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Lionel Anchovies. Most social actions welcome. Always open to some delicious roleplaying. Please no betrayals, photographer, or lethal sparring. My Time, the Healer arrives on Saturdays at 14:30 GMT
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Machallan
Machallan
Posts: 32

6/15/2017
To me, the sources of light look more like luminescent mushrooms or rocks than actual lamps. On this : https://lparchive.org/Sunless-Sea/Update%2007/10-Petra06013.jpg

picture, you can see clusters of these luminescent sources, and that seems to go against the lamp thesis.

The Labyrinth, is undoubtebly some sort of trial. Unlike Minos legendary one, this one is fairly short and easy to navigate, so I don't believe it might have been built/created to hold something prisoner. I'd see it more like some sort of ancient pilgrimage, challenging trespassers not through it's complexity, but rather on a more... mental area.
Of course, that was long before London Fell, and now that Luminescent fungis have colonized parts of the island chain, who knows what could lurk between it's crumbling walls? Blemmigans? Rats? Worse?
All this assuming that we are indeed seeing the whole labyrinth, and not just the tip of the iceberg. What if the center sheltered only a doorway to an unfathomable network of depths and long forgotten corridors?


Just out of curiosity, are you actually planning to add a port there?
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slickriptide
slickriptide
Posts: 97

6/15/2017
Machallan wrote:

Just out of curiosity, are you actually planning to add a port there?


Well, one has to start somewhere and it seemed safest to start somewhere away from established shipping routes. :-p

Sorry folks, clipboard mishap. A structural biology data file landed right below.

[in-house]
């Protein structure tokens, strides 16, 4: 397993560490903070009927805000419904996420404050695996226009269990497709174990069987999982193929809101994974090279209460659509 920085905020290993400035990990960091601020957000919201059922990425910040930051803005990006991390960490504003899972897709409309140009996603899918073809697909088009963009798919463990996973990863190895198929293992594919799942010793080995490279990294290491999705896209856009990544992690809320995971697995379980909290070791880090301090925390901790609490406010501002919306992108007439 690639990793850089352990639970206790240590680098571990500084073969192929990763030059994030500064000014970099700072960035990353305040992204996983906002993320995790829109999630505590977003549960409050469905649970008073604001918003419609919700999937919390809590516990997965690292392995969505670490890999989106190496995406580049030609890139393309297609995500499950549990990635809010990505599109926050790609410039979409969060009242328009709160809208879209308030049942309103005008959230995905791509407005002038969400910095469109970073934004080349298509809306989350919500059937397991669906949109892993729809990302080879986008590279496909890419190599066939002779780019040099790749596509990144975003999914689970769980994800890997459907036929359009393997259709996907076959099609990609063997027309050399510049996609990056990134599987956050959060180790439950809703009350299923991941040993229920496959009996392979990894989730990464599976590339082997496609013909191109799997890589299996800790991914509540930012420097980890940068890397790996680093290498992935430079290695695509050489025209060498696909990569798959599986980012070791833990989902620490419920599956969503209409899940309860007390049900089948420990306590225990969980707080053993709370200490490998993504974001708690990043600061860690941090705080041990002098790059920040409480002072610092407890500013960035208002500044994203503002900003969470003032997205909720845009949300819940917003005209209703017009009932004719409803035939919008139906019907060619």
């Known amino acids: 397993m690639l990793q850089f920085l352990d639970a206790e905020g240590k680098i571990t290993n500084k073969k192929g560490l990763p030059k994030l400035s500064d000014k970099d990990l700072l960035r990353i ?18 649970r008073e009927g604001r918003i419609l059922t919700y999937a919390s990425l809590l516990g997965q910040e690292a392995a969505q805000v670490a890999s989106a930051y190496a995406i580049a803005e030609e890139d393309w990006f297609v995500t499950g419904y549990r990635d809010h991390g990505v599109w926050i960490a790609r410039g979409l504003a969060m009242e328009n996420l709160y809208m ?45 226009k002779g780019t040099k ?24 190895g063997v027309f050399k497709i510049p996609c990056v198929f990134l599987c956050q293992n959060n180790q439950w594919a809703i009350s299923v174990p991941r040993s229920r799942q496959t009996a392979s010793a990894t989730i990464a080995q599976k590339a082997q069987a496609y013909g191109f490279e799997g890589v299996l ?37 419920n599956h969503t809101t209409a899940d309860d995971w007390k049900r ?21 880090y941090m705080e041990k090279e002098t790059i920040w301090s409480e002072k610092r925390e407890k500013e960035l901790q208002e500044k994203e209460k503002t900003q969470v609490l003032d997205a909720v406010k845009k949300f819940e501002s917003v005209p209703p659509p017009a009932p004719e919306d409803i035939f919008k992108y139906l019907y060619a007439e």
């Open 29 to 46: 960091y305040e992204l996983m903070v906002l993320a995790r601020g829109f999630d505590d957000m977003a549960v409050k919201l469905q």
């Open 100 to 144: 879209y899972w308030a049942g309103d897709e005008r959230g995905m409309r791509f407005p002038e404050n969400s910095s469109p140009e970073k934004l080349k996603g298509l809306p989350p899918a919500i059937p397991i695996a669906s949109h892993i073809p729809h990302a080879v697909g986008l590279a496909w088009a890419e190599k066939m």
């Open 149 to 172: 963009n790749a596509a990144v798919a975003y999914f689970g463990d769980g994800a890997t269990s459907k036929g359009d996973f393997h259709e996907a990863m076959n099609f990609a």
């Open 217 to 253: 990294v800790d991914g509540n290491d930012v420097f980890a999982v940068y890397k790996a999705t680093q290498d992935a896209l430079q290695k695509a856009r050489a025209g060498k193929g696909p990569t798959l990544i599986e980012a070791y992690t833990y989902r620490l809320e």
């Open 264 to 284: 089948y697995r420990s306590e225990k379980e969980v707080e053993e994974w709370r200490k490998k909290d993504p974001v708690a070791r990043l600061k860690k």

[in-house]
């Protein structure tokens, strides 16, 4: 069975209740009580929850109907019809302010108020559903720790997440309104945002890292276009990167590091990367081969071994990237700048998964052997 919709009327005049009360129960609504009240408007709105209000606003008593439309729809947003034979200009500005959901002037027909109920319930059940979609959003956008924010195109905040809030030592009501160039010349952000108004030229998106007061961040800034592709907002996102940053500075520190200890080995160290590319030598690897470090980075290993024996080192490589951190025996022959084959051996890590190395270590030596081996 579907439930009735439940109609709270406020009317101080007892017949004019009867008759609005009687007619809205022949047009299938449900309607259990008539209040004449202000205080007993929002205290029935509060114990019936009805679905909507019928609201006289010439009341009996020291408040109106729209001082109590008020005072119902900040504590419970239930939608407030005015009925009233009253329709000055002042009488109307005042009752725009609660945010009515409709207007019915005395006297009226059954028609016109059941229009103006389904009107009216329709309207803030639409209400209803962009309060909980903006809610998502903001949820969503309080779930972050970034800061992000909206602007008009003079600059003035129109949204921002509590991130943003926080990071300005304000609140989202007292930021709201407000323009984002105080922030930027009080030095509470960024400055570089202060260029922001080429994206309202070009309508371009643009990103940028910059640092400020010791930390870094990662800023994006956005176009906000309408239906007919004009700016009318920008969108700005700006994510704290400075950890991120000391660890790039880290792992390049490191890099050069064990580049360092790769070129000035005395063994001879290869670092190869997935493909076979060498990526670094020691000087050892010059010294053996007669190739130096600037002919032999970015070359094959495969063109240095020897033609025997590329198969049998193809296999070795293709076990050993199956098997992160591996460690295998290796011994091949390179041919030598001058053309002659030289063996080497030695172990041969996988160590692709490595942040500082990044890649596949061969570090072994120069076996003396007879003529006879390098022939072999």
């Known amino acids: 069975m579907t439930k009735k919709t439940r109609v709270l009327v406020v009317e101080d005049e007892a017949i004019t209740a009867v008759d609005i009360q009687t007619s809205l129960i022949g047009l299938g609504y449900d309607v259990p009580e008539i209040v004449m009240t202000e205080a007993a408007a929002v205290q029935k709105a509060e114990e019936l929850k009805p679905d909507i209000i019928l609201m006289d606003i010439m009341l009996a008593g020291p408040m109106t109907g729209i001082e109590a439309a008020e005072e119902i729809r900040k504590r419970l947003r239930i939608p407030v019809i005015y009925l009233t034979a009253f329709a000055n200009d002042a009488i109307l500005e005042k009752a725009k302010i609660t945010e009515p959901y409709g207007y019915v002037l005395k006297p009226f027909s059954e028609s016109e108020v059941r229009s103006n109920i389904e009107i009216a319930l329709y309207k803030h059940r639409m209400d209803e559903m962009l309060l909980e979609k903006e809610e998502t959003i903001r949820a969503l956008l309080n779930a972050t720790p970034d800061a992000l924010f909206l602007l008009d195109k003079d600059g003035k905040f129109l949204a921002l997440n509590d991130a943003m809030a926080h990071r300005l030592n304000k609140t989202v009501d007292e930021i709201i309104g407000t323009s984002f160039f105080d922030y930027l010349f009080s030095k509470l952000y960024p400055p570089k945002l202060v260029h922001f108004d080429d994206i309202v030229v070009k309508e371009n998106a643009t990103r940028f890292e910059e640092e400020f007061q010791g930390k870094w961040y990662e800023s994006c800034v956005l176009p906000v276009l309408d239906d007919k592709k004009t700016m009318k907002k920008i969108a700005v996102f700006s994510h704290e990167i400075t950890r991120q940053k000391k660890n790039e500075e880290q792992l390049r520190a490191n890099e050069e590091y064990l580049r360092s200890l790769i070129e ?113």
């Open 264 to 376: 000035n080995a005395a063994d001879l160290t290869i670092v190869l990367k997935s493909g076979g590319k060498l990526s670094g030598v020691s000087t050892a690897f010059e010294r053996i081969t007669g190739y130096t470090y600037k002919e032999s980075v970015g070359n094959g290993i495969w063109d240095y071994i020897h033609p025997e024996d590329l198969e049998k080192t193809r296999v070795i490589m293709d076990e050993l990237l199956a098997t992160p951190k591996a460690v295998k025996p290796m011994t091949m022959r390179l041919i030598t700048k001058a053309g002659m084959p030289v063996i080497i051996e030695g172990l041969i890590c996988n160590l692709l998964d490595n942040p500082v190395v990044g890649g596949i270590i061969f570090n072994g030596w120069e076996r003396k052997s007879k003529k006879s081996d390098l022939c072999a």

Initially, simply as an experiment in building a port from scratch.

Ideally, it will be a launching point for what I'm setting as an informal modding goal - The addition of a new Ambition: Things Man Was Not Meant To Know. Sort of an extension of the Natural Philosopher origin story, with the goal becoming an Alarming Scholar oneself, in a sense.

I had originally seen exploring the Labyrinth as an Indiana Jones type of adventure, but after quite a bit of thought and a re-read of _The Shadow Over Innsmouth_ I came more around to the sort of ideas that you are suggesting. Ideally, a captain who conquers the Labyrinth will find himself embarking on the opening stages of an odyssey of sorts.

The Neath is an odd dichotomy from a story standpoint. On the one hand, it's a place where Reality is bendy and strange Nameless Things exist just out of sight (or, in the case of Hell, just up the river from town). On the other hand, Fallen London has this substantial back story that any story consistent with the setting has to take into account; yet Sunless Sea hides most of that backstory so thoroughly that a casual player will never encounter it and London itself is just a figurative "truck stop" where you refuel and grab a plate of pancakes for the road.

Only the most determined Sunless Sea player will experience all of the possible outcomes of the various story decisions open to the captains plying the dark waters of the Unterzee.

So, basically, it's a magical place of wonder and lost civilizations, but there are rules behind everything that exists and the rules are themselves mostly hidden from casual examination. You can't just make up your own magic, rules, and people without having a similarly thorough explanation for how it all fits consistently into the greater setting.

Then there's the question of rewards. Sunless Sea is dreadfully short on ways to reward players for taking the time to experience a mod that's about expanding the story of the game rather than making the player invincible or his ship into a speedboat. Writing a compelling story that rewards the player by leading to even more compelling stories requires, well, that the author be a compelling writer. ;-)

Finally, there's what Alexis Kennedy described in an interview as something his co-founder at Failbetter called a "cigarette break moment". That is, a decision that causes you to stop what you're doing and indulge in a cigarette or coffee or donut or something while you mull over the ramifications of the choice before you.